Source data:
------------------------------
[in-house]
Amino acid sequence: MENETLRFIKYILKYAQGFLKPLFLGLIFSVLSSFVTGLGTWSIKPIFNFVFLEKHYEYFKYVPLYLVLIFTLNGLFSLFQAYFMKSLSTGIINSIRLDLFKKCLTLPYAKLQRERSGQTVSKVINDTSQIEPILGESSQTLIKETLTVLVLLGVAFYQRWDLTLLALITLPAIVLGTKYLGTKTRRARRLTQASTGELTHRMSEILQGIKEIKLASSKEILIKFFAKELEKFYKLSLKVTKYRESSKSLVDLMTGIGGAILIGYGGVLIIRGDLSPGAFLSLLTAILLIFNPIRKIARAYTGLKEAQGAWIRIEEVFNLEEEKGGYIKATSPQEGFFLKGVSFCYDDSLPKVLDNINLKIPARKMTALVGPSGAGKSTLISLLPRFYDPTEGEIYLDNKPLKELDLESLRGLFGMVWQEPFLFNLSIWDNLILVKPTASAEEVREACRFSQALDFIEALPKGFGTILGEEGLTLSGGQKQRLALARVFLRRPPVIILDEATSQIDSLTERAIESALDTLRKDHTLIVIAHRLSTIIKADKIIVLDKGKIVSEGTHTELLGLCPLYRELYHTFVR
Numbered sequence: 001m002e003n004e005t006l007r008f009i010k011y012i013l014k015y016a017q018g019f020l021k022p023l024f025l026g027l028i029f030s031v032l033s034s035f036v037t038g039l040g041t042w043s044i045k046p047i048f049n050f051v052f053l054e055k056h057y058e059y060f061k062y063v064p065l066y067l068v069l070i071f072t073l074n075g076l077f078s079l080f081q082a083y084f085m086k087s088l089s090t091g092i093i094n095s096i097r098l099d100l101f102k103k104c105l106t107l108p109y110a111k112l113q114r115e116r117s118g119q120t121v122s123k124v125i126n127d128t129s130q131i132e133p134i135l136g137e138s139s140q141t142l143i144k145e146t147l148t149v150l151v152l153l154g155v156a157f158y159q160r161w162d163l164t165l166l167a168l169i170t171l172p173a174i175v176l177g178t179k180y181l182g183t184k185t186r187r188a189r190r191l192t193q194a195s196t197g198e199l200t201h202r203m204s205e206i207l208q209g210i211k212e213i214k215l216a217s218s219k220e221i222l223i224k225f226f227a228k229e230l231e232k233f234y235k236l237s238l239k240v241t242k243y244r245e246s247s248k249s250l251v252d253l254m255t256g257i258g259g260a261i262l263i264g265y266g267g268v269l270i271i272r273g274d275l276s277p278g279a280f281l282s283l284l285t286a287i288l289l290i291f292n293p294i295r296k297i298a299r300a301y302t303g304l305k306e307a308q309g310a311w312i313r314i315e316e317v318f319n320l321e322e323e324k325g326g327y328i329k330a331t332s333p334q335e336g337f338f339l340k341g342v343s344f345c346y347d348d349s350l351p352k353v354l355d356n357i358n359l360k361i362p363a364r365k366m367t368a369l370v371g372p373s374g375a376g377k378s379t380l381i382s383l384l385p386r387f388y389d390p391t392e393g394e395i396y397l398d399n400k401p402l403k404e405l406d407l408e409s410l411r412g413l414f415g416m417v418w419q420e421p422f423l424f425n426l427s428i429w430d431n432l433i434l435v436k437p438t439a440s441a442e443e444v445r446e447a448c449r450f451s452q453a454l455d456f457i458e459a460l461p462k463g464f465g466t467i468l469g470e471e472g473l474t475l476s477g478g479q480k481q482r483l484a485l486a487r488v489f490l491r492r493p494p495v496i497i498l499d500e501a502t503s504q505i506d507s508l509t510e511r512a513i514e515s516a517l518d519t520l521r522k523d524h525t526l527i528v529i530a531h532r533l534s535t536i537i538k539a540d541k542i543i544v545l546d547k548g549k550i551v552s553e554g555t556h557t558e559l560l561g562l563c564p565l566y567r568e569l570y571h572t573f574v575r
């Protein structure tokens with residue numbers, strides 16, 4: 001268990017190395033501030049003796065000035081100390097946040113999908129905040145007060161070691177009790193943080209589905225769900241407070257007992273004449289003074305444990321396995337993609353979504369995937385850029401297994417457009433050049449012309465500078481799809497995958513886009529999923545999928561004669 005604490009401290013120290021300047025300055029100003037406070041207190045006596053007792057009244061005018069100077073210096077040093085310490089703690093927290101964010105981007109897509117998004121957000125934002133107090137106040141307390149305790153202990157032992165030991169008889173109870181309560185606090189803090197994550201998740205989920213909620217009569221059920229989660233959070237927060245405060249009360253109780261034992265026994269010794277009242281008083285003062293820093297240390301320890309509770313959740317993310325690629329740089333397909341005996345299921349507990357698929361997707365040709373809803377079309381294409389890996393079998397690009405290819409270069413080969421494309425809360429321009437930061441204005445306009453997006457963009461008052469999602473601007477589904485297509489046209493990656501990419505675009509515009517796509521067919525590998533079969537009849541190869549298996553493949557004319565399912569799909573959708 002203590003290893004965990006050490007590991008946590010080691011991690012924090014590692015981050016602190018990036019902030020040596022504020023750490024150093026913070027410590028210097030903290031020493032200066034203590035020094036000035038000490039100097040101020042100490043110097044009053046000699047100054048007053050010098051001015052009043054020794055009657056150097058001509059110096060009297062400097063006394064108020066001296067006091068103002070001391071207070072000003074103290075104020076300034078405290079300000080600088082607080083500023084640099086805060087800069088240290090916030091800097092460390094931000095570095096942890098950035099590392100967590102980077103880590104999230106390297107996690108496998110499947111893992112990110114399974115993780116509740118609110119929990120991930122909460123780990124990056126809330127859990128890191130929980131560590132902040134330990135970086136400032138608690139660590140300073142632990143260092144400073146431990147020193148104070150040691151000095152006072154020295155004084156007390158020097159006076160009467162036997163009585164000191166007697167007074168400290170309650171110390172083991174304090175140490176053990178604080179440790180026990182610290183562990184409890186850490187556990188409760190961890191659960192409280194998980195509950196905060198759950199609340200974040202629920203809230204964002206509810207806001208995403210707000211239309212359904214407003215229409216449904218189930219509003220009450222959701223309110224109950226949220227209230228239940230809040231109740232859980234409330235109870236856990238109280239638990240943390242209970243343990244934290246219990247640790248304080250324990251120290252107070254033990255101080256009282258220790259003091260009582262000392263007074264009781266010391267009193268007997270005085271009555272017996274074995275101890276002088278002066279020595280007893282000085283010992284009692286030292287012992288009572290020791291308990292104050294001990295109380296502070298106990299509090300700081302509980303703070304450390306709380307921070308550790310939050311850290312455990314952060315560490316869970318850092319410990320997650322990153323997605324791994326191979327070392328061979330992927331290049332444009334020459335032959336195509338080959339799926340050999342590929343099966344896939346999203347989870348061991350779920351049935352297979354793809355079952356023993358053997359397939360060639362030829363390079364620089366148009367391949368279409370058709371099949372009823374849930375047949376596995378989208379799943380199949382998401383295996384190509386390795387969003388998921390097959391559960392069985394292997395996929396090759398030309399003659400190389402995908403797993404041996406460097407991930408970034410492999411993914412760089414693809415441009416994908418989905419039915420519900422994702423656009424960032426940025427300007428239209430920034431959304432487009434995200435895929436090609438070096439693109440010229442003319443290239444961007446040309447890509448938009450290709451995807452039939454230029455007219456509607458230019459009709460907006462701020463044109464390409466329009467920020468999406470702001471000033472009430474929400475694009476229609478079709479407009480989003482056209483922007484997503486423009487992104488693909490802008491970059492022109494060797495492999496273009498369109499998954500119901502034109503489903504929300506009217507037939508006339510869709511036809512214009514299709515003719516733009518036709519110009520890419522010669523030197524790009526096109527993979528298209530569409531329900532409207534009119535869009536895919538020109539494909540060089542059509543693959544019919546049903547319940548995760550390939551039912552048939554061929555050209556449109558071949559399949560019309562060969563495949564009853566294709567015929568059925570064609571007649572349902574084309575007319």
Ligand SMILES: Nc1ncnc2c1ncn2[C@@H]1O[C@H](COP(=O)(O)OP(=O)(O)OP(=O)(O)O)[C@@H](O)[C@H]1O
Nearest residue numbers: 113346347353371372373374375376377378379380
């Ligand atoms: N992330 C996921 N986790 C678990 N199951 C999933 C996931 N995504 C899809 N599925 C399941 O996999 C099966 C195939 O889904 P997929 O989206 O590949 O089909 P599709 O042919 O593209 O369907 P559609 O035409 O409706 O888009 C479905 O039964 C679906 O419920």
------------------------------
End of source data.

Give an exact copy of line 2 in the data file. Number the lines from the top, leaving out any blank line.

Amino acid sequence: MENETLRFIKYILKYAQGFLKPLFLGLIFSVLSSFVTGLGTWSIKPIFNFVFLEKHYEYFKYVPLYLVLIFTLNGLFSLFQAYFMKSLSTGIINSIRLDLFKKCLTLPYAKLQRERSGQTVSKVINDTSQIEPILGESSQTLIKETLTVLVLLGVAFYQRWDLTLLALITLPAIVLGTKYLGTKTRRARRLTQASTGELTHRMSEILQGIKEIKLASSKEILIKFFAKELEKFYKLSLKVTKYRESSKSLVDLMTGIGGAILIGYGGVLIIRGDLSPGAFLSLLTAILLIFNPIRKIARAYTGLKEAQGAWIRIEEVFNLEEEKGGYIKATSPQEGFFLKGVSFCYDDSLPKVLDNINLKIPARKMTALVGPSGAGKSTLISLLPRFYDPTEGEIYLDNKPLKELDLESLRGLFGMVWQEPFLFNLSIWDNLILVKPTASAEEVREACRFSQALDFIEALPKGFGTILGEEGLTLSGGQKQRLALARVFLRRPPVIILDEATSQIDSLTERAIESALDTLRKDHTLIVIAHRLSTIIKADKIIVLDKGKIVSEGTHTELLGLCPLYRELYHTFVR